Stand up meetings

Doing stand up meetings in the best way is more difficult that it looks. It needs to be kept very simple, fast, and with as little noise as possible. Basically each participant need to say, keeping it simple: What did I do yesterday? What I am going to do today? Are there any problems in the way? And listen carefully to the rest of the people to be aware of the work being done on the team, and to see if you can give support to anyone (during the meeting or later, if more than a few minutes are necessary). Being actually standing up and in a different room helps, as you tend to keep things up to the point, eliminating distractions. One interesting part is not the meeting itself, but the time that previously is used to structure your mind into what you’re going to say. That helps a lot in planning and in keeping you focused, as everyday you’ll have to explain what have you done. Focus is paramount in software development. Another important thing is to keep that as a strong habit. There are always moments when it looks like no one is saying something new, and it feel as redundant. If the meeting is all about the same things for a long time, then is clearly a problem (your tasks are not as small as they should). But the benefits in terms of constant feedback and focus are not achieved until some time. I also think that managers/product owners should be present on the meeting, and probably participate actively. Remember, it is part of the learning process and it’s a very good opportunity to show how the team is working and what are the management tasks. A proper star up meeting reduces the need to interrupt the work of the day with typical “what are you working on?” questions, and detects very fast problems and blockers. It structures communication to channel it.


Well, it does not scream "sustainable pace", but still...
Well, it does not scream “sustainable pace”, but still…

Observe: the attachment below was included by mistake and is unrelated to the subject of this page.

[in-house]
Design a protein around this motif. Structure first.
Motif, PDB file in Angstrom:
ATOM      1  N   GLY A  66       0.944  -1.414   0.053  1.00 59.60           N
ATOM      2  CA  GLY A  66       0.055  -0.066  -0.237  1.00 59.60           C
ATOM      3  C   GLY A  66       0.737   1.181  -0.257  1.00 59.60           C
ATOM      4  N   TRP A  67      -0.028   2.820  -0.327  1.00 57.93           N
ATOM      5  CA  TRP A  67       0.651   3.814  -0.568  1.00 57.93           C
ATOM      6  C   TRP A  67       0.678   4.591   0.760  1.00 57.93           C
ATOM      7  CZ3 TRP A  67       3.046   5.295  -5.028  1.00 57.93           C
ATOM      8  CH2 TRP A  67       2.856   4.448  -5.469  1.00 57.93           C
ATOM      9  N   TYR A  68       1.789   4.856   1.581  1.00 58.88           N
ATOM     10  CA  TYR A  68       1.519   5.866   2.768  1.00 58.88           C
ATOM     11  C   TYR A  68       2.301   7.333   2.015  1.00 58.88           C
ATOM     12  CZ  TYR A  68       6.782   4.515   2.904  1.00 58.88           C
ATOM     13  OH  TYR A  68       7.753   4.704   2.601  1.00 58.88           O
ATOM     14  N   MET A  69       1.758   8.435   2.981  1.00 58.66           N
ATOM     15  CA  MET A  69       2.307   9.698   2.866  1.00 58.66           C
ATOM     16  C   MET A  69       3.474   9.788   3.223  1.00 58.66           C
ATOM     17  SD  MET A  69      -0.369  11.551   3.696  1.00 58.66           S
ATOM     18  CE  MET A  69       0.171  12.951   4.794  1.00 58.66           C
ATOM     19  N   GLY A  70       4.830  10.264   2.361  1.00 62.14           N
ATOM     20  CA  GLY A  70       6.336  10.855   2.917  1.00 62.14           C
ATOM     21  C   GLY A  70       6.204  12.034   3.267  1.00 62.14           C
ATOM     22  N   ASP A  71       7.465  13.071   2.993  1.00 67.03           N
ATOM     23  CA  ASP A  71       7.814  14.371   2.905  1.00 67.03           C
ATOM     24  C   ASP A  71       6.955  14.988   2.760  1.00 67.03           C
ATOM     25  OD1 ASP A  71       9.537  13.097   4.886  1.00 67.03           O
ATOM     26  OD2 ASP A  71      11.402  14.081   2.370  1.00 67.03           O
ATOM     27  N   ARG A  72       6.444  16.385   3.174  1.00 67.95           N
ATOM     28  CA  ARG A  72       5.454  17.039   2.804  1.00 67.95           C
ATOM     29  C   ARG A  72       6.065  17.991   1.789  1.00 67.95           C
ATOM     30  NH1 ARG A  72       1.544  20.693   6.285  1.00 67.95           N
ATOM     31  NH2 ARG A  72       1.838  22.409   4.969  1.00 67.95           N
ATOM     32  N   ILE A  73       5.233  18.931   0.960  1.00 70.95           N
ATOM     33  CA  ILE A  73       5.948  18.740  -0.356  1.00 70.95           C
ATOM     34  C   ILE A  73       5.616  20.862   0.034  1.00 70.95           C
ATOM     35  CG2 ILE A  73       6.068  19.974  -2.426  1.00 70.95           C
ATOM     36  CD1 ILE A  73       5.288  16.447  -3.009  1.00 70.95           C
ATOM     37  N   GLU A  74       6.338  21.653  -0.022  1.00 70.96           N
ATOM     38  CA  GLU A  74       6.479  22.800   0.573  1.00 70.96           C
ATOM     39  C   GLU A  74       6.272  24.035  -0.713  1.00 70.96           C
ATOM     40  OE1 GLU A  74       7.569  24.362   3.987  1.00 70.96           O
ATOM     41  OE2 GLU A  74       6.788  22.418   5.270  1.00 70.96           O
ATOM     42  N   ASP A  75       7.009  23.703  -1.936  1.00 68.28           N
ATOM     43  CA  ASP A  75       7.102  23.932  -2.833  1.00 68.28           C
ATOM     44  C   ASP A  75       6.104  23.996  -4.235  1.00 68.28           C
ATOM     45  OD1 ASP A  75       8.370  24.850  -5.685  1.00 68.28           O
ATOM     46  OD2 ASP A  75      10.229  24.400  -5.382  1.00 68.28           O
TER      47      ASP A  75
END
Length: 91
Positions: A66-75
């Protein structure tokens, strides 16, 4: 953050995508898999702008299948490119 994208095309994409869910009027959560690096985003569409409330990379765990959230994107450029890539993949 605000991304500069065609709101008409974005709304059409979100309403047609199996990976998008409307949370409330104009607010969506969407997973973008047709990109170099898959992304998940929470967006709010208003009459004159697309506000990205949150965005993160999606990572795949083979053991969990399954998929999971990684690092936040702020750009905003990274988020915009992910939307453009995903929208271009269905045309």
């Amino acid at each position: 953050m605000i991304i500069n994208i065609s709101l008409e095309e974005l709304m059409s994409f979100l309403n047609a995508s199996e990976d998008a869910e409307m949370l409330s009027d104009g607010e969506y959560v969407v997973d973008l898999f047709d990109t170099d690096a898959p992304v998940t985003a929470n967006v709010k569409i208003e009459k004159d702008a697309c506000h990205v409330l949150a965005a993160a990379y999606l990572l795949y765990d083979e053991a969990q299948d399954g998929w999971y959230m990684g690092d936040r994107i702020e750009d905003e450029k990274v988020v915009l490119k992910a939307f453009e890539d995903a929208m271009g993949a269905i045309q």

While the standup meetings structures the communication between the team, Sprints structure the communication between the team and “the external world”. The idea of the sprint is to produce something that can be shown, and ideally works, even if it’s small and not complete. That gives feedback and then the goal for the next sprint can be decided. While having a simple objective for a sprint can be good, I don’t think is necessary. A simple grouping of tasks with no particular meaning together may well be the objective. I don’t like the word “Sprint”. I think is not fortunate, as it will not give the idea a long term race, but a strong burst in effort. Software projects are long, and teams should find a comfortable development speed, or the quality of the result will suffer. I’d prefer something like “stage” (using bicycle race metaphor), because the main idea is that they should have a sustainable pace. The sprint objective is not a contract signed by blood of your firstborn. It is a reasonable objective that the team honestly thinks can be achieved.  Let me get back to  couple of ideas there. What can be achieved on a sprint is something that can only be decided by the team. They are the only ones with the knowledge of what is possible and what is not. Estimations are that, assumptions. A typical problem in software development is unrealistic deadlines by management, that will be used as weapons against the developers, and the natural response from developers is to produce “safe” estimations, much bigger that they should, so they can be protected. This is not a good thing, and it is a reflection of distrust. The way to overcome that is to treat estimations as that, and try to improve them, without punishment for  mistakes. Let me rephrase it: Estimations will be wrong. Often. The objective should be to improve them, and to not be wrong by a huge margin. Dividing work in small tasks will help, but that’s an inherent problem.